The insolation (or incident solar radiation) is the amount of energy that reaches the surface at a given location. Insolation tables are available for various latitudes.
Another factor to be considered in choosing a solar site is the amount of shading available. This can be in the form of overhangs or natural vegetation. A combination of shading, cooling, and ventilation elements must be considered as well as the solar factors. Evergreen trees planted to the north of a building help block the cold winter north winds, rain, and snow. Deciduous trees (those that lose their leaves in winter), such as fruit trees, are suitable for planting on the south, east, and west sides. In the fall and winter when the trees are bare, the sun’s rays penetrate to the building and in the spring and summer, the hot sun is blocked because the trees are full of leaves, flowers, and fruit. A simple idea thus becomes delicious and rewarding. Vines and climbers can also be planted to shade east, west, and south facades, as well as lattices or trellises covered with growth.
Walls should be as well insulated as possible on the outside and include thermal mass on the inside for heat retention. Thermal mass can consist of 55-gallon drums (water-filled) painted black for maximum absorption, or large rocks. Rocks can be used in the foundation and walls. (If using painted barrels, the nonsolar-collecting sides can be painted any colors.)
Inside walls that receive sunlight can be faced with brick or stone. There should be an insulator like gravel under the floor. Clay tile floors store heat well. They come in a rainbow of colors and designs, making some beautiful mosaics possible, that are both functional and aesthetic.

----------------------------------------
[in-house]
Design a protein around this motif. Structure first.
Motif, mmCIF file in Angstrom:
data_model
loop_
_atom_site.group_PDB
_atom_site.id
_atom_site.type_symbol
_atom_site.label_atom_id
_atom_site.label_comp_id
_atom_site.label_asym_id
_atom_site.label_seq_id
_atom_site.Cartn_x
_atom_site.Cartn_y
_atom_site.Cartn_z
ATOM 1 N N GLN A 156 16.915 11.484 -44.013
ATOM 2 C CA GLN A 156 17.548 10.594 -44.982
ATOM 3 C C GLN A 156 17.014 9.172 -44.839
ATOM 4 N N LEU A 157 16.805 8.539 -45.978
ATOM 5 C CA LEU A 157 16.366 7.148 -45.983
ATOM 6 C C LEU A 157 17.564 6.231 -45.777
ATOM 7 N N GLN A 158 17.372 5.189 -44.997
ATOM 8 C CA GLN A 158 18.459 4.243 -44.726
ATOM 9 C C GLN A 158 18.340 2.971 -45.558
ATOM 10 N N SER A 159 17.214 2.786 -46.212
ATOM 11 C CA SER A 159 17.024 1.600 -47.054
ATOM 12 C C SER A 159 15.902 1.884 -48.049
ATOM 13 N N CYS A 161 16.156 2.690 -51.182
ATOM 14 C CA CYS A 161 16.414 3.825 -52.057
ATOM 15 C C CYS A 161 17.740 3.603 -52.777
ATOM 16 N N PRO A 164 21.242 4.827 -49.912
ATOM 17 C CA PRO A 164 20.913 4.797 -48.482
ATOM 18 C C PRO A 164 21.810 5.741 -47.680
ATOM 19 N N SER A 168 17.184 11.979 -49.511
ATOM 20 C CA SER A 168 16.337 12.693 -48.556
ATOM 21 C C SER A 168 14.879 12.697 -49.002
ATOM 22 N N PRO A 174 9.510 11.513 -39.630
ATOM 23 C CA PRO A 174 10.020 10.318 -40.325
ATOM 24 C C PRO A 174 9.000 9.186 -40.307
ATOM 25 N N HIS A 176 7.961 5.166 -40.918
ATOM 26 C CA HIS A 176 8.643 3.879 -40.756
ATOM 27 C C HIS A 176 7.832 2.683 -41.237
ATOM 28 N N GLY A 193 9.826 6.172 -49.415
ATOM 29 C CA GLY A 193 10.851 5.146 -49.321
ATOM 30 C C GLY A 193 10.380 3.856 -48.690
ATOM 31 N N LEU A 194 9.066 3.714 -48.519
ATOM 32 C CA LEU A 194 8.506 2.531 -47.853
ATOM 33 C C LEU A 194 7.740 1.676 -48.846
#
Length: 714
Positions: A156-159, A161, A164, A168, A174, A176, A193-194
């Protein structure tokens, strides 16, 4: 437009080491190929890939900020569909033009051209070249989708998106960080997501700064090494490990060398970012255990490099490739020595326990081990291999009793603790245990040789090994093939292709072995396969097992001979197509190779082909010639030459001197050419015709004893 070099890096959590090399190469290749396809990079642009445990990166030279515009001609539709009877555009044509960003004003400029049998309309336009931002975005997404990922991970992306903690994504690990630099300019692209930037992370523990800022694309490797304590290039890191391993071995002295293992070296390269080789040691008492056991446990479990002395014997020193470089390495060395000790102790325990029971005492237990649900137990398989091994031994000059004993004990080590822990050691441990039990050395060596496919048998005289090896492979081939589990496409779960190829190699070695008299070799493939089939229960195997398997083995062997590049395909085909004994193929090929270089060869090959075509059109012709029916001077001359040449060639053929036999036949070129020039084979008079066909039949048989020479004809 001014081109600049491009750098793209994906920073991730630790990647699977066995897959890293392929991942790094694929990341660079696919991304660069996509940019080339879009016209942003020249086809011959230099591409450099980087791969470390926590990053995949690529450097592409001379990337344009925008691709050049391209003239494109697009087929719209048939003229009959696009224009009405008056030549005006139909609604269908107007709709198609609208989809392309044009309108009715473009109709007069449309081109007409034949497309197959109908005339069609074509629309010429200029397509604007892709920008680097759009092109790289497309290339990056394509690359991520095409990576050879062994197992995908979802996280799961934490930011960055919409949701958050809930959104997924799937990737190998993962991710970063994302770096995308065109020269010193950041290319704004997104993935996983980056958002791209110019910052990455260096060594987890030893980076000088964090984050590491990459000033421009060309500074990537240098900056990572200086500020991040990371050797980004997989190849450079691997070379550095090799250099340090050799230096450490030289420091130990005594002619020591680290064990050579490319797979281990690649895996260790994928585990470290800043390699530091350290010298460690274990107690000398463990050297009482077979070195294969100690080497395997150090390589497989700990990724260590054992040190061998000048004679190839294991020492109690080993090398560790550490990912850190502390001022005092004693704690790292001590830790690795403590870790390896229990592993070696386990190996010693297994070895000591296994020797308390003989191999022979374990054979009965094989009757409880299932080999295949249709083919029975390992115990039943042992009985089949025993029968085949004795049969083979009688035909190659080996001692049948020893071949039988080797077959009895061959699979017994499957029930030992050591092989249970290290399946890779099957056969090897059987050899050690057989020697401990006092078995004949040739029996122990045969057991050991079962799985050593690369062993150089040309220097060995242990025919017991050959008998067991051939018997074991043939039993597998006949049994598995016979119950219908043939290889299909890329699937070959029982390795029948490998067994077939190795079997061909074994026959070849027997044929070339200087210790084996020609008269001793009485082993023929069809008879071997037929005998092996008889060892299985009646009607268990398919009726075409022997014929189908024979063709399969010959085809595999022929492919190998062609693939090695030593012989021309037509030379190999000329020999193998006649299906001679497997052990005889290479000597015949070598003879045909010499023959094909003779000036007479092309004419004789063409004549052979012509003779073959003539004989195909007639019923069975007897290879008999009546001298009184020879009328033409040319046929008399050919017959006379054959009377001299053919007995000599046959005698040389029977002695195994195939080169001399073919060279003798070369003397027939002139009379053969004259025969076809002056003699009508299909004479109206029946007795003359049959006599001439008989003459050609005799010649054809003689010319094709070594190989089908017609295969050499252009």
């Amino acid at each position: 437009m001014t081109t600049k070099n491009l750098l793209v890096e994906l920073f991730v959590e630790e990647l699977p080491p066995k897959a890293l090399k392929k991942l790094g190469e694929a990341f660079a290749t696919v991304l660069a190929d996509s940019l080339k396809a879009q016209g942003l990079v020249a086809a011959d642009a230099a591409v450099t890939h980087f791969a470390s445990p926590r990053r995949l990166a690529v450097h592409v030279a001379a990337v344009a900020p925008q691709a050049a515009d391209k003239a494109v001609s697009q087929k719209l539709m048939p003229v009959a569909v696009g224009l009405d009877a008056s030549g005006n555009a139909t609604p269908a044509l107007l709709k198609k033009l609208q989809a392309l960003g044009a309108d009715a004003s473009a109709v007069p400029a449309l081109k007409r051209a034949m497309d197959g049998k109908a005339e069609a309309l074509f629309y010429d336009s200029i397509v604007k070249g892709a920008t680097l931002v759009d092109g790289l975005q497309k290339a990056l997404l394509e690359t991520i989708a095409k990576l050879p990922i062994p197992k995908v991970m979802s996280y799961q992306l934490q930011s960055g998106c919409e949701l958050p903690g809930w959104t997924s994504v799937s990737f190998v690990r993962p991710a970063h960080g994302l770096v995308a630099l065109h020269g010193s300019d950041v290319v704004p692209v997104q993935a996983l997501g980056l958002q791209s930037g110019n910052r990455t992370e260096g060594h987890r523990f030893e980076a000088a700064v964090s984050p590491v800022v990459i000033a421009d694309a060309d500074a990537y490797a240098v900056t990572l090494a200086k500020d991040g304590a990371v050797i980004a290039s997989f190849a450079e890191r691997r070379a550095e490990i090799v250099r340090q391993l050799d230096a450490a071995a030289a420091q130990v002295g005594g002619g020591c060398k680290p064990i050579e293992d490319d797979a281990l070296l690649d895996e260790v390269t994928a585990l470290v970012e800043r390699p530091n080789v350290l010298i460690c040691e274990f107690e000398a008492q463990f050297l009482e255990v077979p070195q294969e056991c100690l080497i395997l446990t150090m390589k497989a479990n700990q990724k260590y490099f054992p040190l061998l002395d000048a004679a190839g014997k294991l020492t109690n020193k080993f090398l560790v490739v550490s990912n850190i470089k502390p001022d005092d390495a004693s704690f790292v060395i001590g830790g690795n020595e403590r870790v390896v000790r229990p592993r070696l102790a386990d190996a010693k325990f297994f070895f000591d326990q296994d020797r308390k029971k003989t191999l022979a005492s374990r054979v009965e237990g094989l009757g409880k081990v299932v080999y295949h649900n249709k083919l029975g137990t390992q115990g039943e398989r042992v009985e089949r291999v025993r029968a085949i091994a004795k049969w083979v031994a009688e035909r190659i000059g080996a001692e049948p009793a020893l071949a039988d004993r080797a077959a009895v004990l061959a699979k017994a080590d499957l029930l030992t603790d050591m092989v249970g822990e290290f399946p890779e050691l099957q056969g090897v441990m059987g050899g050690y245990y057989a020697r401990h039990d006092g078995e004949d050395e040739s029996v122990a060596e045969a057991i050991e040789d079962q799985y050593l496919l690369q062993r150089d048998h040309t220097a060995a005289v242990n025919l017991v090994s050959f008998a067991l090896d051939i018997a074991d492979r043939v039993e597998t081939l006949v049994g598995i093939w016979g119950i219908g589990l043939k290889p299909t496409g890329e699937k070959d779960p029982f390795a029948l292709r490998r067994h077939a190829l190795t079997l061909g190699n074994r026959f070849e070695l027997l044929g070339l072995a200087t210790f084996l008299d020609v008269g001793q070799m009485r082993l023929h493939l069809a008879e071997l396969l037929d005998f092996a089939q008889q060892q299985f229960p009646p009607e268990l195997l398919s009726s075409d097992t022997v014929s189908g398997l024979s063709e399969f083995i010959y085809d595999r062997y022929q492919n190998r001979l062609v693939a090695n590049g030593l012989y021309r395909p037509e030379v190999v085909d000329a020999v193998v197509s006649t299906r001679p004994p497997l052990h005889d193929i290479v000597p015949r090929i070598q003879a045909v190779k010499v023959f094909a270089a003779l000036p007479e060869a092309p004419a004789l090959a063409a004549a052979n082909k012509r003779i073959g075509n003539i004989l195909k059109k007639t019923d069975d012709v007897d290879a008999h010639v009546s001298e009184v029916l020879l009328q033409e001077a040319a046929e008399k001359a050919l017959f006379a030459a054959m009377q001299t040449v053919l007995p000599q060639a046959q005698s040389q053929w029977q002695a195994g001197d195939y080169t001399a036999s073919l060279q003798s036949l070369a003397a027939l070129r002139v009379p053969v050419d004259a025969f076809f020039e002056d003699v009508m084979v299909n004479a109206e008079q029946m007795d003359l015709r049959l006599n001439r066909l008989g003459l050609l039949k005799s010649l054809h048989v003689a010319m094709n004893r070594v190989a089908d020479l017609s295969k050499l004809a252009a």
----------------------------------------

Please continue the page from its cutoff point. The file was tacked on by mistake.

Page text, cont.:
We receive our life nourishment from the sun, so it is only natural that we harness its energy and put it to good use.
5.3 The Solar Greenhouse
The primary reason for building a greenhouse is, of course, food production. Growing your own food saves money, and it is always ready to be picked—fresh, ripe, and organic, grown without the need for any farm machinery.
As mentioned, the greenhouse may be built on the south side of the building where it will receive full sun. It can be constructed quite simply with concrete blocks for the foundation, and other massive building materials such as ceramic brick, stone, adobe, poured concrete, or cinder blocks can be used for thermal mass. These massive walls are insulated on the outside surface.
For the glazing or clear film that is attached to the frame there arc many choices of material: glass, roll plastic, sheet plastic, corrugated clear plastic, etc. Doors and vents must be tight-fitting and weatherstripped, and all surfaces should fit tightly together.
At night, the windows should be blocked with movable insulating forms or covered with shutters or curtains. This will keep the heat level constant at night.
Heated air in the greenhouse rises and flows into a high opening to the home, and a low opening in the shared wall lets cool air from the house enter the greenhouse for heating. The plants in the greenhouse convert carbon dioxide into oxygen-rich air for the house occupants.
When you build a greenhouse, you will be creating a special space, a microcosm, a living place that will grow and truly add life to your home.
- 1. Solar Energy
- 2. Nonrenewable Resources
- 3. Nuclear Power
- 4. Solar Systems
- 5. A Solar Home
- 6. Solar Energy And You
- 7. The Future And Politics Of Solar Energy
- 8. Other Renewable Energy Sources
- 9. Questions & Answers
- Article #1: Truths About X Rays By Virginia Vetrano
- Article #2: No Permissible Radiation Level By Virginia Vetrano
- Article #3: To Mutate or Not to Mutate By Virginia Vetrano
- Article #4: A New Pathway to Extinction By Virginia Vetrano
- Article #5: Solar Energy Will Revolutionize Your Life